But these standards can only be policed within the government, and the prime minister is the final judge. Could he offer his resignation to himself? To bring accountable individuals to court, there is also a common law offence of “Misconduct in Public Office.” The offence is committed (Crown Prosecution Service, 2006) when :

  1. a public officer acting as such

  2. wilfully neglects to perform his duty and/or wilfully misconducts himself

    • to such a degree as to amount to an abuse of the public’s trust in the office holder

    • without reasonable excuse or justification

Whether the alterations to phraseology described in this article are sufficiently serious, and the laws and regulations sufficiently strong to bring those responsible to account is hard to predict.

Learning to Understand Preemptive Deceit

Leadership studies serve two types of students: practitioners—those who aspire to become effective leaders—and observers—those who want to understand leadership and the use of power, often for the purposes of accountability to “speak truth to power” (Cary, 1955). Understanding leadership deceit relates to both. Aspiring leaders need to recognize when they might be guilty, or perceived as being guilty, of deceit. Those analyzing power and working for leadership accountability need to be able to detect, analyze, and explain deceit.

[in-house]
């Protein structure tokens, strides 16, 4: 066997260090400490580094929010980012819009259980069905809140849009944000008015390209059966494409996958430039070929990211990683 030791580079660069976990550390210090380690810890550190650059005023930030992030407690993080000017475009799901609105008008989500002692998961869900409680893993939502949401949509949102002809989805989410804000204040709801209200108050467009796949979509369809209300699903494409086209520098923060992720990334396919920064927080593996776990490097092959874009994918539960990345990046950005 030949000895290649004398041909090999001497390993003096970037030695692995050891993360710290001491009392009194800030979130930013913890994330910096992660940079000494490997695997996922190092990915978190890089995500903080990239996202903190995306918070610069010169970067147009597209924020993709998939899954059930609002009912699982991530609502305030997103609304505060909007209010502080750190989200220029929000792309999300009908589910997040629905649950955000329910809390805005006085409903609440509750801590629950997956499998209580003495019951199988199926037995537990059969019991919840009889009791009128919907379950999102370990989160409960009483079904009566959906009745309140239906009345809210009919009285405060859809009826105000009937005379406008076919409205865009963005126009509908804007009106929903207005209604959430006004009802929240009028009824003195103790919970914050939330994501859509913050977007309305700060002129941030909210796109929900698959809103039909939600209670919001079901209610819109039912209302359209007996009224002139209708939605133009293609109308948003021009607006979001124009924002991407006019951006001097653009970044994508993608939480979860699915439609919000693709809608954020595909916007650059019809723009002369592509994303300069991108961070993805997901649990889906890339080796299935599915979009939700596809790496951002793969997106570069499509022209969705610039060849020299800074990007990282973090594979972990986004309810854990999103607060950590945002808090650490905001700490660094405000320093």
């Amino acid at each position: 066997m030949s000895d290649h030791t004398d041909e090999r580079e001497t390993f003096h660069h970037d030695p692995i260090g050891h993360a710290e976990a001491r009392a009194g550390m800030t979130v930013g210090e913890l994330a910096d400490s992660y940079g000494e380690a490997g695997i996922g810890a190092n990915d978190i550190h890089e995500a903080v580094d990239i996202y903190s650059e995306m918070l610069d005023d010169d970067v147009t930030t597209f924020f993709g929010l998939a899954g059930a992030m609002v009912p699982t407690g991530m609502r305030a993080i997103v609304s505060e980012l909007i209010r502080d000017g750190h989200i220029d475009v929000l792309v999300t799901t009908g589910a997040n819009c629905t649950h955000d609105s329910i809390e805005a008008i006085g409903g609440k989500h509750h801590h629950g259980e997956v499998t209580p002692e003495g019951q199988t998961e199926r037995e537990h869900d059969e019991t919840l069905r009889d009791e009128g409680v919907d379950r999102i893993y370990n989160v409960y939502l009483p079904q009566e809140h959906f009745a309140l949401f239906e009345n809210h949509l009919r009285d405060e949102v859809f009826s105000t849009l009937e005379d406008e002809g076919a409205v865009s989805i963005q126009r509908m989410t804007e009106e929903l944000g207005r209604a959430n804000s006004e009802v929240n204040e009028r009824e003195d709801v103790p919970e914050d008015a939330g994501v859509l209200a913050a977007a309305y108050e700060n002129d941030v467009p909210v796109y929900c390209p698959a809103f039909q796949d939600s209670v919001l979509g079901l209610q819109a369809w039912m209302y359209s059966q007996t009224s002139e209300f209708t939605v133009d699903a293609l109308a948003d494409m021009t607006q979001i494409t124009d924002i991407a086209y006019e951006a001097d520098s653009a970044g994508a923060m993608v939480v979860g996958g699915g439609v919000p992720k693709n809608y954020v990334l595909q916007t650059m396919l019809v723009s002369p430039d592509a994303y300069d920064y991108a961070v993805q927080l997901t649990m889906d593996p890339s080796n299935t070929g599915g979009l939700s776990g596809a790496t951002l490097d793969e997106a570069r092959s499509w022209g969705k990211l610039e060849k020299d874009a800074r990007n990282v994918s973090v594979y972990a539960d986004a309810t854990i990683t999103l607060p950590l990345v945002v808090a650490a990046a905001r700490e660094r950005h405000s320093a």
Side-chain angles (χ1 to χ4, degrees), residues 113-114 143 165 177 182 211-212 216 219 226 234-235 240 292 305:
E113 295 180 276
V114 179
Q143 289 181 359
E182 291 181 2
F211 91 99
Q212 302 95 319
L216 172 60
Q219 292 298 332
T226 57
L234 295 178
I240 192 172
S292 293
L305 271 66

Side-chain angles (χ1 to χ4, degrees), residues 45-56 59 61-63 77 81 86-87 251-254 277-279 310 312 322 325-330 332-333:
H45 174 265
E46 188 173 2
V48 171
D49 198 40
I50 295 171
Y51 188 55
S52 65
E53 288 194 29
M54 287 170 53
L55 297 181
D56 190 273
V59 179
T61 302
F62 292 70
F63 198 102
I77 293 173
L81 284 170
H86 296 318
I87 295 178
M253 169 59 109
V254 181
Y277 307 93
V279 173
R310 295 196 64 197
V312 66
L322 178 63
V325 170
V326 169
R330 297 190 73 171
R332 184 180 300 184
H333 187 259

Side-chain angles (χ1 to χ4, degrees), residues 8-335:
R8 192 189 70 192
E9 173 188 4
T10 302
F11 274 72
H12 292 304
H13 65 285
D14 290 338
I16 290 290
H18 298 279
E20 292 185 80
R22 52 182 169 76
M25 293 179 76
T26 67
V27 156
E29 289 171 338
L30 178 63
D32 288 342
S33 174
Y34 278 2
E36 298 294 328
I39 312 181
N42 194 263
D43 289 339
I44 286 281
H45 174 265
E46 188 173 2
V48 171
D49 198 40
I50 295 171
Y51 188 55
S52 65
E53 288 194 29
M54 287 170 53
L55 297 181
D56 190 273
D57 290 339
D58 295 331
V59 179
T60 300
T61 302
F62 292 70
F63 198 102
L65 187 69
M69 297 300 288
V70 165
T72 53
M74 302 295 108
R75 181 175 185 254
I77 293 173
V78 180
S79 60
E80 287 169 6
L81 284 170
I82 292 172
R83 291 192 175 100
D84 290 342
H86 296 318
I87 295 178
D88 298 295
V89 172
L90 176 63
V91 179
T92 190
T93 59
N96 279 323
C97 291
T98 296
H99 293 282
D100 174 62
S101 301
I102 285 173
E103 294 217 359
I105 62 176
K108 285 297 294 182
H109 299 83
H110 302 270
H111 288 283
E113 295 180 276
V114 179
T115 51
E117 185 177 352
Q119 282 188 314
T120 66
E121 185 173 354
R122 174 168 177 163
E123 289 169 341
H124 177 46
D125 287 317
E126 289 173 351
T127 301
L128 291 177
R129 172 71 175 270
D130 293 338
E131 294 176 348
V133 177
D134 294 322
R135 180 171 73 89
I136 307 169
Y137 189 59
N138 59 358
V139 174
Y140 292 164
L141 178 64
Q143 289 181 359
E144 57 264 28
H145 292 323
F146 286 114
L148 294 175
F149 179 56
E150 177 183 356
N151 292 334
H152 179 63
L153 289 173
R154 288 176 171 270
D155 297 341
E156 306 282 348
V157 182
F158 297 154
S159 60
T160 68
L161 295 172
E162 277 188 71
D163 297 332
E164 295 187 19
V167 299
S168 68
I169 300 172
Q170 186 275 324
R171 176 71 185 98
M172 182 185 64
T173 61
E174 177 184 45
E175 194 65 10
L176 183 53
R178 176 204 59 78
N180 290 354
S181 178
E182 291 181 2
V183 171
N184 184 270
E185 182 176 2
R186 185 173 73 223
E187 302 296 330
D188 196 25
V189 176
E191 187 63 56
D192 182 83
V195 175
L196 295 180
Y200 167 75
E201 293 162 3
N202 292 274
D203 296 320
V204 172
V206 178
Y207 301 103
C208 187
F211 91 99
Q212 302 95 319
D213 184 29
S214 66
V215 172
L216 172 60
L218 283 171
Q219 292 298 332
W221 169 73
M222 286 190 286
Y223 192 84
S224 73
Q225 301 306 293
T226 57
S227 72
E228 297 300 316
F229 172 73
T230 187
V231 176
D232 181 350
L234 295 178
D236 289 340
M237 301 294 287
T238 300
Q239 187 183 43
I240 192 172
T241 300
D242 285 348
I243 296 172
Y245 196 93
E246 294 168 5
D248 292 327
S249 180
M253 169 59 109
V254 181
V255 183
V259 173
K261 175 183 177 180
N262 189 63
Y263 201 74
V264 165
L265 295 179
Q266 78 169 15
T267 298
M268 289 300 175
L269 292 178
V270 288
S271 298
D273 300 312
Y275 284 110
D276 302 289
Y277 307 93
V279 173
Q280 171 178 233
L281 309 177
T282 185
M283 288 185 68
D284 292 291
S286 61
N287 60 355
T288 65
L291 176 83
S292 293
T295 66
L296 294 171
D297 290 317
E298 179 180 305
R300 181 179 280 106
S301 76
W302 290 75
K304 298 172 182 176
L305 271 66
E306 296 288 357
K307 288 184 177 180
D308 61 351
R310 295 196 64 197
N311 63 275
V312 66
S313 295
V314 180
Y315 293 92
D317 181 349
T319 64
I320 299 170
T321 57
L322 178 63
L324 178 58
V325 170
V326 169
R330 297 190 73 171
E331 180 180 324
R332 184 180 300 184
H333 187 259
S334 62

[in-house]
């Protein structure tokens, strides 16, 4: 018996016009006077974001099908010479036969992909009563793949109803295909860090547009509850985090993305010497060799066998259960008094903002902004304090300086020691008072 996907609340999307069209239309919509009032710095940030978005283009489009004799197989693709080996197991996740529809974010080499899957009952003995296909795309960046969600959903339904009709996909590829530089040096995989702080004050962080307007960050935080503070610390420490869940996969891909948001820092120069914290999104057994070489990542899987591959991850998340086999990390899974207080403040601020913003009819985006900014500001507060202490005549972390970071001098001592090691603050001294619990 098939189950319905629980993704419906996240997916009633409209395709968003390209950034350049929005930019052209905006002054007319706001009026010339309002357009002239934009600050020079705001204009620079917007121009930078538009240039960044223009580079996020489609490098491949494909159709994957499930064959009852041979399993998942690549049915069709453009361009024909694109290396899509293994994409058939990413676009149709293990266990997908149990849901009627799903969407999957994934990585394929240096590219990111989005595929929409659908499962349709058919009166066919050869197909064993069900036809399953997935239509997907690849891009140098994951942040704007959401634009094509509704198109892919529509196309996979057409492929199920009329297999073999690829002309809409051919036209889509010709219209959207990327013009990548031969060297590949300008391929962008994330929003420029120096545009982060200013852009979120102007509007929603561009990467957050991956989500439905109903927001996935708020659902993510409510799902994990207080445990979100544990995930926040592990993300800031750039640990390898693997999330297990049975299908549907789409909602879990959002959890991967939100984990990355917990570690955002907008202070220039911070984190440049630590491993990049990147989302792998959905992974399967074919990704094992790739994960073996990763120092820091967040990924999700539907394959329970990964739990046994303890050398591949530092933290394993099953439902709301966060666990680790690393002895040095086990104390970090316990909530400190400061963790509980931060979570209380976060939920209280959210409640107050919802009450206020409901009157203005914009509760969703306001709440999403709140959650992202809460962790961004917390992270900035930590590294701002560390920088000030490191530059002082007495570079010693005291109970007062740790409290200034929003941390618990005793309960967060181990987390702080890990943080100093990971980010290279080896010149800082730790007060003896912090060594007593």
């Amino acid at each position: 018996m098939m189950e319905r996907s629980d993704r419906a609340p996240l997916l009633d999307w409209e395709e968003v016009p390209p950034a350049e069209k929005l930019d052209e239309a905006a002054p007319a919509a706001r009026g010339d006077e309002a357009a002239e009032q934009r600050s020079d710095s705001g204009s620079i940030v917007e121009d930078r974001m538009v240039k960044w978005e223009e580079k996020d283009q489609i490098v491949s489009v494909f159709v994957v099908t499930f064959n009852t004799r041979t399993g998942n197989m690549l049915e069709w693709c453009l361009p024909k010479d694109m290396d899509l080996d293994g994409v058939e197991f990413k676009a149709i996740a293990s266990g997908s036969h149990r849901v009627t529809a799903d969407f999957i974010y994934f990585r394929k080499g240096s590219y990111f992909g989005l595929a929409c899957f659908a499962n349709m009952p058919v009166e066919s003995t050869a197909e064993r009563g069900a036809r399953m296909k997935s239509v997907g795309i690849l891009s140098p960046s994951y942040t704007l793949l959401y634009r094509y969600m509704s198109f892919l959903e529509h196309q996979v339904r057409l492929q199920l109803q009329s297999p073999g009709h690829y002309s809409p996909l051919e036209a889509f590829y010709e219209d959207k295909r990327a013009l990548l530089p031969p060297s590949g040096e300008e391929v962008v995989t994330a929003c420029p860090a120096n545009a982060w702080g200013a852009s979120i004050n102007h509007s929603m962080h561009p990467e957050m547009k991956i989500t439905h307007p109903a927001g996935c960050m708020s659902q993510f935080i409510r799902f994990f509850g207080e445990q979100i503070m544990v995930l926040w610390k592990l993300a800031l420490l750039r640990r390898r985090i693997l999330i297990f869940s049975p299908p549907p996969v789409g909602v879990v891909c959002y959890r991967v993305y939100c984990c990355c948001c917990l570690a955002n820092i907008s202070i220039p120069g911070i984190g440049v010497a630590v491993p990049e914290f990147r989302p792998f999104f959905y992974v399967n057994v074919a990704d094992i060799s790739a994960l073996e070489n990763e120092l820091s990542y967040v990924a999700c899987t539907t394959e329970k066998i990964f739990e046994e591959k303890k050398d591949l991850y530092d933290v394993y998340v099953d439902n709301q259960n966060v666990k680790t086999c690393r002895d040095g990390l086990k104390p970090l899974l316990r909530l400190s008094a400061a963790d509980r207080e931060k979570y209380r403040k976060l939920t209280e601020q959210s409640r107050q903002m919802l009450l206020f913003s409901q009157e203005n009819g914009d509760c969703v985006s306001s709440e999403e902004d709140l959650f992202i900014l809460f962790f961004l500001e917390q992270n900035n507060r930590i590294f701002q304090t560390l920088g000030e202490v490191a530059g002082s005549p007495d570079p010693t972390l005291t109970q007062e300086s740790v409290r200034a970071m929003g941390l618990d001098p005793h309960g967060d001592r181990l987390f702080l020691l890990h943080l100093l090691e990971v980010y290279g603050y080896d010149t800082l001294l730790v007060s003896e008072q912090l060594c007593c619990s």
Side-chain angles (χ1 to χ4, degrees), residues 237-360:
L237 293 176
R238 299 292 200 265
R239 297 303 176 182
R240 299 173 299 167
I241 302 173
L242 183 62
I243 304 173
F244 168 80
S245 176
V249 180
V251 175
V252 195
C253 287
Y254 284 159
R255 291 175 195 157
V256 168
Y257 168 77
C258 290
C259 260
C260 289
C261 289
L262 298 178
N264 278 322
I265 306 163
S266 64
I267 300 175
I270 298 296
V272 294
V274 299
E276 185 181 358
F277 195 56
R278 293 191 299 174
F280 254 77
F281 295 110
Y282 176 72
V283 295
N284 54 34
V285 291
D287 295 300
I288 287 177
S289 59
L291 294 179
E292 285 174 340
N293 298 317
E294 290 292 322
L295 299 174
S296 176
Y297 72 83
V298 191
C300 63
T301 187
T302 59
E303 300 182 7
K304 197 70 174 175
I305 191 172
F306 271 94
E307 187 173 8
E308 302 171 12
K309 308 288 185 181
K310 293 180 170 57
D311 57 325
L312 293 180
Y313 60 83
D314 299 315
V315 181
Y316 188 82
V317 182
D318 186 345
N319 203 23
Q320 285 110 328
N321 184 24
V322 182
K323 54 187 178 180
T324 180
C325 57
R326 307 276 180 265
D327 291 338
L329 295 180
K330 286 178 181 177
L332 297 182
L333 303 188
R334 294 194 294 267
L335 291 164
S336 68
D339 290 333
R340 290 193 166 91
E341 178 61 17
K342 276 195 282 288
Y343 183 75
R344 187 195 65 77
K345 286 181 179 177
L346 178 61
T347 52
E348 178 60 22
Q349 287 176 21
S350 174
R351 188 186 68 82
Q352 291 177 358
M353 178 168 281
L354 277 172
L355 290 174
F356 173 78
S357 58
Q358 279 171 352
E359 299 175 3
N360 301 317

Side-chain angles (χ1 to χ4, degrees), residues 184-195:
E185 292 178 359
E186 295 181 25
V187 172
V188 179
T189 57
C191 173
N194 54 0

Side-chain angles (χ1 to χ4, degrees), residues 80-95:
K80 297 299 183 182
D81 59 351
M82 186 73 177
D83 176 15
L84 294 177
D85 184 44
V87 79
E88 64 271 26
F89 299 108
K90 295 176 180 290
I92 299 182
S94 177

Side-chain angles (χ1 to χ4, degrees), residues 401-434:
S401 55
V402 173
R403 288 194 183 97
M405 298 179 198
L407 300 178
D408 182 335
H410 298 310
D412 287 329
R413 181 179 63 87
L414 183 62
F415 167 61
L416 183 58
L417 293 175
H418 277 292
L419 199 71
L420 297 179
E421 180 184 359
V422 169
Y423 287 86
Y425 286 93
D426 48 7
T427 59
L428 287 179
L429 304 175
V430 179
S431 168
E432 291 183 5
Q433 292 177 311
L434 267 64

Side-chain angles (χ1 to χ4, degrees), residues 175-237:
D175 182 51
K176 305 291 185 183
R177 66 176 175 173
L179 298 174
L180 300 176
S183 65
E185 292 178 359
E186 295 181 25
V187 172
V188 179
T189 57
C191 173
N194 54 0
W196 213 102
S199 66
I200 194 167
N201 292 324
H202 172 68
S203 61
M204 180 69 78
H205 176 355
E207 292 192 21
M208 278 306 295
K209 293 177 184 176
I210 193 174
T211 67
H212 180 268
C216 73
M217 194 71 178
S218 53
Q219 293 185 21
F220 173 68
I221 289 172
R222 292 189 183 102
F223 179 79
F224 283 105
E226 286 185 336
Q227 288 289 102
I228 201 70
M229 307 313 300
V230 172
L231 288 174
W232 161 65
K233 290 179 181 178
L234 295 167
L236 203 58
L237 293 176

The Iraq Dossier represents a novel “preemptive” form of leadership deceit, which has not been conceptualized within leadership and political studies. The familiar perception of political deceit is that it is retrospective, that it is perpetrated to cover up past mistakes or wrongdoings, and that the deceit is within the content of the message, not the process. We do not expect the deceit to come before the act it is trying to obfuscate, nor for a deceitful process to alter the meaning of an accurate message. That is probably why the Iraq Dossier was not challenged effectively. Press, public, and politicians were not ready for a preemptive form of deceit. However, Kevin Smith (Smith, Larimer, Littvay, & Hibbing, 2007, p. 8) detected a change. He found evidence that “people are surprisingly attuned not just to outcomes but also to the procedures employed by decision makers . . . people crave ‘procedural justice’.” It seems important to develop this growing awareness.

Consider these four examples, in relation to “the truth, the whole truth, and nothing but the truth,” the presentation of uncertainty as fact, and Hart and Honore’s (1985) trust in the “common sense” underpinning decisions made by lay juries and magistrates.

  1. Process: A witness claims, ‘The car that hit the woman was blue.’ It is then established that the witness never saw the car, had no way of knowing its color, and was perhaps just trying to incriminate someone. The statement would be seen as a lie. But what if, coincidentally, the offending car was blue. With thought, there is likely to be agreement that the statement is still deceitful, even though the deceit was, by chance, not perpetrated through the content of the message. There was deceit because the witness knew that she did not know the truth. Therefore, deceit need not only be about the content of a statement but also about the process of creating that content.